Top 5 Things to Know in The Market on Wednesday
- November 28, 2018
- Posted by: Anna
- Category: Other
Investing.com – Here are the top five things you need to know in financial markets on Wednesday, November 28:
1. U.S. Futures Point to Higher Open
U.S. stock futures pointed to a higher open, as markets awaited fresh signals from the Federal Reserve on interest rates, while developments in the U.S.-China trade war remained in focus.
At 5:30AM ET (1030GMT), the blue-chip Dow futures were up 77 points, or about 0.3%, the S&P 500 futures ticked up 6 points, or around 0.25%, while the tech-heavy Nasdaq 100 futures indicated a gain of 22 points, or roughly 0.3%.
The moves in premarket come after Wall Street finished slightly higher on Tuesday, as concerns surrounding trade showed signs of easing in the wake of upbeat comments made by White House economic advisor Larry Kudlow.
Elsewhere, European stocks inched higher in mid-morning trade, with most sectors and major bourses across the region in positive territory, as investors kept tabs on Brexit developments and Italy’s budget crisis.
Earlier, Asia markets closed mostly higher, with markets in mainland China outperforming amid the likelihood of a potential breakthrough in the U.S.-Sino trade dispute.
Read more: Will GM’s New Turnaround Bet Make Its Sagging Stock More Attractive?: Haris Anwar
2. Dollar Climbs To 2-Week High
Away from equities, the dollar rose for the third consecutive session to reach a two-week high against a currency basket.
The U.S. dollar index, which measures the greenback’s strength against a basket of six major currencies, was modestly higher at 97.28, after hitting an overnight peak of 97.44, its best level since Nov. 13.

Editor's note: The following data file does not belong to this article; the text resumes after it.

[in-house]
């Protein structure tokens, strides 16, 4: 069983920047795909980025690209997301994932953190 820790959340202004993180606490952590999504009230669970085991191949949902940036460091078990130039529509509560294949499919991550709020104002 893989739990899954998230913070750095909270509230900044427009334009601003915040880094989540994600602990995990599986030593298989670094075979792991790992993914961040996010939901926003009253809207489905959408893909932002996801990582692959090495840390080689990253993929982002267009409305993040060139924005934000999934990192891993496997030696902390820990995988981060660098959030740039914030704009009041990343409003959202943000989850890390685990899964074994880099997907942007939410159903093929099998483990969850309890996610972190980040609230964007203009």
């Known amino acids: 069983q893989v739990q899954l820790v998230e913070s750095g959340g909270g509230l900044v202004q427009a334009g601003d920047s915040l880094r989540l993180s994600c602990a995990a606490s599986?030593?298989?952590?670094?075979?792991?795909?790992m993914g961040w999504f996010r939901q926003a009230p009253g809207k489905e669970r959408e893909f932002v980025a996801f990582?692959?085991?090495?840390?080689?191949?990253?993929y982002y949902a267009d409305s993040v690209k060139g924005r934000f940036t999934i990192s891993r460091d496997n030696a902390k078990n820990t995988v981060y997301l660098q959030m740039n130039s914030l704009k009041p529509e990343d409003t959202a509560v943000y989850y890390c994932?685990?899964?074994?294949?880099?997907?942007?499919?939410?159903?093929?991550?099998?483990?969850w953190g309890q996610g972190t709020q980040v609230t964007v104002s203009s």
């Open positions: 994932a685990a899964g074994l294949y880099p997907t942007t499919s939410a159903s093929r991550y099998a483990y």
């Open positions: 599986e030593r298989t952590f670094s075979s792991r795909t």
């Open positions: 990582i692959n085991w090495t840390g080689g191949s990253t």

The dollar was holding steady at two-week highs against the yen, with USD/JPY at 113.79.
The euro was at two-week lows against the dollar, with EUR/USD changing hands at 1.1285.
Elsewhere, the British pound edged higher. The Bank of England will release its assessment of the UK’s Brexit withdrawal agreement later in the day, which was likely to contain warnings about a no-deal Brexit scenario.
3. Fed Chair Powell Speaks
Wall Street’s eyes will be glued on Federal Reserve Chairman Jerome Powell when he delivers what some say will be the most important speech of his tenure as head of the U.S. central bank.
Powell is due to participate in a luncheon at the Economic Club of New York at 12:00PM ET (1700GMT). His comments will be useful for investors who have been scaling back their expectations for future rate hikes following recent remarks from a number of Fed officials that were interpreted as dovish.
A fourth rate hike for this year is expected next month, but the road from there is unclear. While Fed policymakers have pointed to three increases in 2019, the market is only anticipating one.
Ahead of the event, U.S. President Donald Trump kept up his criticism of Powell, saying rising interest rates and other Fed policies were damaging the U.S. economy.
“So far, I’m not even a little bit happy with my selection of Jay,” Trump said in interview with the Washington Post.
4. U.S. Revised Third Quarter GDP
Wednesday’s calendar features the biggest economic data point of the week.
The Commerce Department will publish revised figures on third-quarter economic growth at 8:30AM ET (1330GMT), which should lend further support to the notion that the economy is on solid footing.
The consensus forecast is that the report will show the U.S. economy grew at a 3.6% annual rate in the three months ending Sept. 30, a slight upward revision from a preliminary estimate of 3.5%.
Besides the GDP report, investors will keep an eye on the latest reading on new home sales for October due at 10AM ET (1500GMT). Recent data has painted a worrying picture of the U.S. housing market, which is struggling with rising mortgage rates and tight inventory.
5. EIA’s Weekly Oil Supply Report
In commodity markets, the U.S. Energy Information Administration will release its official weekly oil supplies report for the week ended November 23 at 10:30AM ET (1530GMT).
Analysts expect the EIA to report a climb of around 0.7 million barrels in crude supplies. If confirmed, it would be the tenth straight weekly climb in domestic oil inventories.
U.S. West Texas Intermediate crude futures were down 2 cents at $51.54 a barrel.
Meanwhile, international Brent crude oil futures dipped 5 cents to $60.35 per barrel, as traders continued to weigh prospects of a coordinated pr